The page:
The US economy picked up in September despite weak momentum in consumer spending, a Federal Reserve survey of regional economies published Wednesday showed.
In its Beige Book report, used for policy decisions, the Fed said that economic activity "generally expanded modestly" since the last report six weeks earlier, when it characterized growth as only gradual.
The embattled housing market continued to improve, home construction was rising, manufacturing was mixed but heading in the right direction, and activity in the energy sector "remained robust."
On the downside, the ailing labor market was little changed. "Stagnant demand and uncertainty related to the upcoming presidential election, US fiscal policy, and European debt issues" were restraining hiring, according to some of the businesses polled for the survey.
Inflation pressures were modest, with most districts reporting "little change" in prices of finished goods and inputs.
The latest report gives Fed policymakers a snapshot of the world's biggest economy ahead of the October 23-24 meeting of the Federal Open Market Committee.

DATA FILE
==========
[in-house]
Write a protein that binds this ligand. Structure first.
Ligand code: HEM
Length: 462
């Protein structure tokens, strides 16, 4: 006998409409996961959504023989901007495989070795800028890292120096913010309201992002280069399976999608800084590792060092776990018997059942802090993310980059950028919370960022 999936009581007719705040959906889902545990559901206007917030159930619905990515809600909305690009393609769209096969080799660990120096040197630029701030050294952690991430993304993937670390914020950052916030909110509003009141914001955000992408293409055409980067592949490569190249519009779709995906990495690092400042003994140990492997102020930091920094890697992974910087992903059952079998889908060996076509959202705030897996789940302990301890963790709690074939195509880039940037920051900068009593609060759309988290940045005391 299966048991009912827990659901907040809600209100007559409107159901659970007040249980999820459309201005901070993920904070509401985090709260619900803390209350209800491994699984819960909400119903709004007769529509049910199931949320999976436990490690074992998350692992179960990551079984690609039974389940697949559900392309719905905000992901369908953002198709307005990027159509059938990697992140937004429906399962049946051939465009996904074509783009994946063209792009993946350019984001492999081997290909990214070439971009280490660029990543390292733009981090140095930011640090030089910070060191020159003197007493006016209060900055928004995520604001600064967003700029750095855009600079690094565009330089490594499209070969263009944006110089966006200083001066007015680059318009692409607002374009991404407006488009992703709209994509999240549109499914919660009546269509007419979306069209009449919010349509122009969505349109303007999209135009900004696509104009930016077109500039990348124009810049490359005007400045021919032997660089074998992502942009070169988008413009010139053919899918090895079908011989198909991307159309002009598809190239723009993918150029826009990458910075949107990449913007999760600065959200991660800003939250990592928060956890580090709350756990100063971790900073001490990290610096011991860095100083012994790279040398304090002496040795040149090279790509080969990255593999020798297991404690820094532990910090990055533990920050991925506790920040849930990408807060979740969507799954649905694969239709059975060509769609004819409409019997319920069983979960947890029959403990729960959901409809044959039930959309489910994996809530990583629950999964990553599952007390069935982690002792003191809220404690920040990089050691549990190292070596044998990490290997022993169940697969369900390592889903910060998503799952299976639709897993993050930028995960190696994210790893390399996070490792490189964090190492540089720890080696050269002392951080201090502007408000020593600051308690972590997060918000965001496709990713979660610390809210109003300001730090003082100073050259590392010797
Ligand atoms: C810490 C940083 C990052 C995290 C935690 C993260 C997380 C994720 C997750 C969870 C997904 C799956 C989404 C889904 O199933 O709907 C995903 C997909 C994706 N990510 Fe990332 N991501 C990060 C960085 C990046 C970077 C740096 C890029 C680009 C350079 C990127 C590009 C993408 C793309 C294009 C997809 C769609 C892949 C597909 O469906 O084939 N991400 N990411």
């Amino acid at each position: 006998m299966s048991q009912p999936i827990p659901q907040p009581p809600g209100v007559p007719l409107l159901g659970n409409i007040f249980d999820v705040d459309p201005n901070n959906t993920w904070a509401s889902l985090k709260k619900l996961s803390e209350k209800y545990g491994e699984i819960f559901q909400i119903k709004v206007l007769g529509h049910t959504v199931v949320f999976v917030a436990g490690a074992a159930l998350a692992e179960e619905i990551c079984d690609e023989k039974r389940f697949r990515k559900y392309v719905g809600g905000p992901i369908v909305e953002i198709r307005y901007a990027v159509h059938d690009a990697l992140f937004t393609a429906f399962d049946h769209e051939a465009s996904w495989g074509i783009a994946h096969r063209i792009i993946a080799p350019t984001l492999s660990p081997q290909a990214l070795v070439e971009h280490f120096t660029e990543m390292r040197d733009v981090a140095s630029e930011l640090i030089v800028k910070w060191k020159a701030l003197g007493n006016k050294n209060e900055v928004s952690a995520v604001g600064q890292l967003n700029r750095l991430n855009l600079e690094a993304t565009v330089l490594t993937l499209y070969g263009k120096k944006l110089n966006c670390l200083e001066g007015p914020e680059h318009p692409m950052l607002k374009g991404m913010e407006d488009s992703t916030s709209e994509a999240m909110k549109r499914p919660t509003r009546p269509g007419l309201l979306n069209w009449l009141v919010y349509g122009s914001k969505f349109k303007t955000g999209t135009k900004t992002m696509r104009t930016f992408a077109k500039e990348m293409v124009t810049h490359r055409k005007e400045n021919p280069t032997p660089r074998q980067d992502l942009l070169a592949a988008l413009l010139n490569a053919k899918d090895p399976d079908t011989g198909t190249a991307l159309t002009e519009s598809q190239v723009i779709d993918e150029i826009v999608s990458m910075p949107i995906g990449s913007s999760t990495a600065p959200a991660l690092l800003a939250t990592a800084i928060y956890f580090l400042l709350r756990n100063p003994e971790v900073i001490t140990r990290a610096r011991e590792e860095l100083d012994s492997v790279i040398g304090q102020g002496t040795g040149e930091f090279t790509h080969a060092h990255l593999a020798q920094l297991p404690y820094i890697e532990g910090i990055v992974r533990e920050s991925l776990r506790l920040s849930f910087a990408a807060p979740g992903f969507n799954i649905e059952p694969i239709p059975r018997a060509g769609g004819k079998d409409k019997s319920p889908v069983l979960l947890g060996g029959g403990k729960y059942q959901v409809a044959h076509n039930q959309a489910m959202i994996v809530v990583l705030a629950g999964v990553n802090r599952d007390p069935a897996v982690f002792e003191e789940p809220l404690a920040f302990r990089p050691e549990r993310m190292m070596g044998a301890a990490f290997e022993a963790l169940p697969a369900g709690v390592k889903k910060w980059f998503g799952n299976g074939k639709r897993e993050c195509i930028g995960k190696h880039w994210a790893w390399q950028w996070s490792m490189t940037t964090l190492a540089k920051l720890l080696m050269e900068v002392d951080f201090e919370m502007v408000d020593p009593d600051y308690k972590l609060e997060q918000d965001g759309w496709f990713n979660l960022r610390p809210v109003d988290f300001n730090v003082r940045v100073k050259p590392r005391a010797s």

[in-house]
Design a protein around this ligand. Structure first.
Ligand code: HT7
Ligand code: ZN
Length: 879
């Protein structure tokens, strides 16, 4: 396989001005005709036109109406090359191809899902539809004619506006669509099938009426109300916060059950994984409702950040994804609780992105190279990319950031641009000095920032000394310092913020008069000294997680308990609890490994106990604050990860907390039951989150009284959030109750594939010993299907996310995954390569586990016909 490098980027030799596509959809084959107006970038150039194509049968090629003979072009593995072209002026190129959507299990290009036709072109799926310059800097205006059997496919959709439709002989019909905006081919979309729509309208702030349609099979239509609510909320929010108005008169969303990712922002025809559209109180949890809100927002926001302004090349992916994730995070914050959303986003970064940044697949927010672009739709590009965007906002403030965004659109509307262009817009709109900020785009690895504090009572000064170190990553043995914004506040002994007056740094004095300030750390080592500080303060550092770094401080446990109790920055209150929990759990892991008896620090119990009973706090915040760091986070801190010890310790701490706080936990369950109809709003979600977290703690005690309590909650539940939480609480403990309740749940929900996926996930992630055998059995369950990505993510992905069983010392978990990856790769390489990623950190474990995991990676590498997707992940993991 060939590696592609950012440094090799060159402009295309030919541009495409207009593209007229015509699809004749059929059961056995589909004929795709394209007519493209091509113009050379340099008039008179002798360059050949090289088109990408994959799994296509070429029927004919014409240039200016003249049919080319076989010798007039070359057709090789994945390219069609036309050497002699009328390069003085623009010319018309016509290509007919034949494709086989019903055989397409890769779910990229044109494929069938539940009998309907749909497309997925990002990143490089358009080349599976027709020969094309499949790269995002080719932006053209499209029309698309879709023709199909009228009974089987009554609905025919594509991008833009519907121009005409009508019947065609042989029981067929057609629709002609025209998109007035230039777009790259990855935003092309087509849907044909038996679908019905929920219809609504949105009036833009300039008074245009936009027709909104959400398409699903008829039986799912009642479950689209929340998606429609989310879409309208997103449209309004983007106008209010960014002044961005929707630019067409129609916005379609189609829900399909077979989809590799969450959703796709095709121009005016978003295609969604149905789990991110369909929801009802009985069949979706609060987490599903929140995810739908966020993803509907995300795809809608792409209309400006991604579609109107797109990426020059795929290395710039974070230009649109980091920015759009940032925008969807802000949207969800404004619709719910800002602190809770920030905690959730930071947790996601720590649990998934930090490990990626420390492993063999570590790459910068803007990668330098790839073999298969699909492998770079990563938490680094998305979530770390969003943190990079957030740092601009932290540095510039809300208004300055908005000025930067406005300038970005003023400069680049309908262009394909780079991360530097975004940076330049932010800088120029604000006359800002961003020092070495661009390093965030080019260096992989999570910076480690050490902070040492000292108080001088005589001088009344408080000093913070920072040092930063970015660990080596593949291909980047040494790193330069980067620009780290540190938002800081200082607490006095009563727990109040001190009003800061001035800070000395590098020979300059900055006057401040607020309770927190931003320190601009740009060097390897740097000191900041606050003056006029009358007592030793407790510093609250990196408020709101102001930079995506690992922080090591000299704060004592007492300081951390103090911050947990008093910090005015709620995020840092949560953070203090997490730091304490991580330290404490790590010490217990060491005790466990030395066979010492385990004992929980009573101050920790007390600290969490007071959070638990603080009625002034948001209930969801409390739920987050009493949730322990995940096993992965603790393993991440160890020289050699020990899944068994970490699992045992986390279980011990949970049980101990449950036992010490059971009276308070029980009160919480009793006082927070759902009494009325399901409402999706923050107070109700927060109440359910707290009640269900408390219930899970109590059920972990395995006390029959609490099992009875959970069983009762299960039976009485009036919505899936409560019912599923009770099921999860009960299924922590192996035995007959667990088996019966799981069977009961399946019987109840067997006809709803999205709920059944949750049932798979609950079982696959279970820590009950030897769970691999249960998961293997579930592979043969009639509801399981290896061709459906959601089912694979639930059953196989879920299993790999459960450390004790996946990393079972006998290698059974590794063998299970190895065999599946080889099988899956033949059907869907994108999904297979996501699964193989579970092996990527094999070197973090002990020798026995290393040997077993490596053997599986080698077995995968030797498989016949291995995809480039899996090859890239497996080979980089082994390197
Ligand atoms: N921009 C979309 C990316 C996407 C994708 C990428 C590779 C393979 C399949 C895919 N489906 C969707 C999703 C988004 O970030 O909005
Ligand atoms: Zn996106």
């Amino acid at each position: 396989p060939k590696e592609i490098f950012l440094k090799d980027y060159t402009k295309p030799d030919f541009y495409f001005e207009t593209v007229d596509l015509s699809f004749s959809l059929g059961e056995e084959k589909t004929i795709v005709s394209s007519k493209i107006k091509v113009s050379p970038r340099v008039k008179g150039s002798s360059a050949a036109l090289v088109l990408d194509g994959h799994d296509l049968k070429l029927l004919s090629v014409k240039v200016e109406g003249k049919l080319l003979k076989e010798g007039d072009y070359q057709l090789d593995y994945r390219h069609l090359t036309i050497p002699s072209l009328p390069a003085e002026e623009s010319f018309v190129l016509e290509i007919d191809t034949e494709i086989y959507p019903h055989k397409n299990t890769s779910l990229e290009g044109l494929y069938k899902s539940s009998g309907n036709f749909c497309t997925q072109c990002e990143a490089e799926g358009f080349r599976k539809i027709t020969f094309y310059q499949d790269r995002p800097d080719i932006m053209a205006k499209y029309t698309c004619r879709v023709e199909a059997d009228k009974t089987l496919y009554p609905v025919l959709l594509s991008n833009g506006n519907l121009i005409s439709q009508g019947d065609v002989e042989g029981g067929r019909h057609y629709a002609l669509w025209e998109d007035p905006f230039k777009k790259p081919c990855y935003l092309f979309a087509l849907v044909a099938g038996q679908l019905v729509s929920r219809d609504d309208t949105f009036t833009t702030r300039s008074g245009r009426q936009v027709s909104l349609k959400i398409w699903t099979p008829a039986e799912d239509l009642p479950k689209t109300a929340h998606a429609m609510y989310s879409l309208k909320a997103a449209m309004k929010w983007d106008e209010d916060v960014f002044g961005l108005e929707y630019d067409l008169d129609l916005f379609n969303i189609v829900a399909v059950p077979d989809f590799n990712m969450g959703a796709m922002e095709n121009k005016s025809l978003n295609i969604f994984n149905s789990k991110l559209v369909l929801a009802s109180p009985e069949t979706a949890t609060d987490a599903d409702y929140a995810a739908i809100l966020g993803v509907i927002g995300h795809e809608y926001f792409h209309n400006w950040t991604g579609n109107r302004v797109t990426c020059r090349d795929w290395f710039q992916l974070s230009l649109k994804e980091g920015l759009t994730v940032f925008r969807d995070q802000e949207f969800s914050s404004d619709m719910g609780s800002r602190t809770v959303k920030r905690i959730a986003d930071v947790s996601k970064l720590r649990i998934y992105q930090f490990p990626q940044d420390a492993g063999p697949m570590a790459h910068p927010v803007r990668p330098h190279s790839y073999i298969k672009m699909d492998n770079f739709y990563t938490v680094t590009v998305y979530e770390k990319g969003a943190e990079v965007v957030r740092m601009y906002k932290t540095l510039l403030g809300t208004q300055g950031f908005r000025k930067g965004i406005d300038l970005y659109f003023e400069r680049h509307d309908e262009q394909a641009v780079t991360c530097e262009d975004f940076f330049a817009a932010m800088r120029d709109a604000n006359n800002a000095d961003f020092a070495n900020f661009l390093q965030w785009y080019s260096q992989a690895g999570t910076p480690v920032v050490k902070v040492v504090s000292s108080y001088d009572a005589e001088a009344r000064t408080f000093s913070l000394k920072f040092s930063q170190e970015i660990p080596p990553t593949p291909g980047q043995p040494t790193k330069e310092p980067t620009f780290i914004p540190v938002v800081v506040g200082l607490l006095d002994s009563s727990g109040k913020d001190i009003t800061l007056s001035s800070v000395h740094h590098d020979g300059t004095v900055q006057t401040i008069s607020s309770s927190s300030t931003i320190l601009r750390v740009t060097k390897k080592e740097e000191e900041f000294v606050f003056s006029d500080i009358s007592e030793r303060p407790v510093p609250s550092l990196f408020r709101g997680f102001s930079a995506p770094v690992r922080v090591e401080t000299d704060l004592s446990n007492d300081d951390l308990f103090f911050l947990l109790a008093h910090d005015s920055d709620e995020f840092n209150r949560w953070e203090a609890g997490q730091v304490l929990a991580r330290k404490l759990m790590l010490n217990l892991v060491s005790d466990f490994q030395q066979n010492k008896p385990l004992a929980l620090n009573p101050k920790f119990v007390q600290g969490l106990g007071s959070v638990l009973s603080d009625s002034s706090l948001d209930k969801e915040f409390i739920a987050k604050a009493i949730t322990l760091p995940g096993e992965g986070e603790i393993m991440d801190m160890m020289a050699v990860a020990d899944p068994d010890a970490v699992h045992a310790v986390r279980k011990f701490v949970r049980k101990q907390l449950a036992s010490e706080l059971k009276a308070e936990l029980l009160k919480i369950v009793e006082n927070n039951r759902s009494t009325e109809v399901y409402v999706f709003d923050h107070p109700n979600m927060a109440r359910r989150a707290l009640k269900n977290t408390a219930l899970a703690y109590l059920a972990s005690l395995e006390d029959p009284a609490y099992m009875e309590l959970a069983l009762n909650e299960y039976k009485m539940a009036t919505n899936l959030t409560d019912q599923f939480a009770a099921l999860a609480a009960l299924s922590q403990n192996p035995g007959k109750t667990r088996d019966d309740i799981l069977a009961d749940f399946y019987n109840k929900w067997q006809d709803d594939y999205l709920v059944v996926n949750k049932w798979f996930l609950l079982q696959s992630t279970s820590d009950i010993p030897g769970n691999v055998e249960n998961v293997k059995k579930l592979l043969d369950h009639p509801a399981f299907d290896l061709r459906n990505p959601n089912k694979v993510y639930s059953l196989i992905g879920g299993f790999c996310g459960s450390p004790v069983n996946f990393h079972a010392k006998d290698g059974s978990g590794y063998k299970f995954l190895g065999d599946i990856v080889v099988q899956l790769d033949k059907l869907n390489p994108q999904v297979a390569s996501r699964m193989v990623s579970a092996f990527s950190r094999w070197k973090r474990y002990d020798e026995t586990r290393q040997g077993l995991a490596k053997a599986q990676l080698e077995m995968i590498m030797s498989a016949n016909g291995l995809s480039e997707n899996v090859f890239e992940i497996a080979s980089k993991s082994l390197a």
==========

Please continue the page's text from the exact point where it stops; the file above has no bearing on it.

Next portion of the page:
In its September 12-13 meeting, the FOMC decided to launch a $40 billion a month bond-buying program to help lower long-term interest rates and prop up the flagging economy.
The third round of quantitative easing, known as QE3, unlike the prior rounds, has no set date for winding down, giving the Fed unlimited leeway to provide stimulus.
The US economy grew only 1.3 percent in the second quarter, continuing a sharp slowdown from the tail end of 2011.
The latest Beige Book showed an increasing number of the central bank's 12 districts found growth "continued at a modest pace."
There were only two outliers: the New York district reported growth was "leveling off" and the Kansas City region indicated "some slowing."
Still, consumer spending, which accounts for about 70 percent of US economic activity, cast a cloud over the somewhat improved economic conditions last month.
"Consumer spending was generally reported to be flat to up slightly," compared with stronger growth in the prior period, the Fed said.
Although growth last month marked an improvement over August, it was still short of the economy's "moderate" bill of health in June, said Sal Guatieri at BMO Capital Markets.
"Signs of slowing or mixed growth were less evident than in the previous report," said Eduardo Martinez at Moody's Analytics.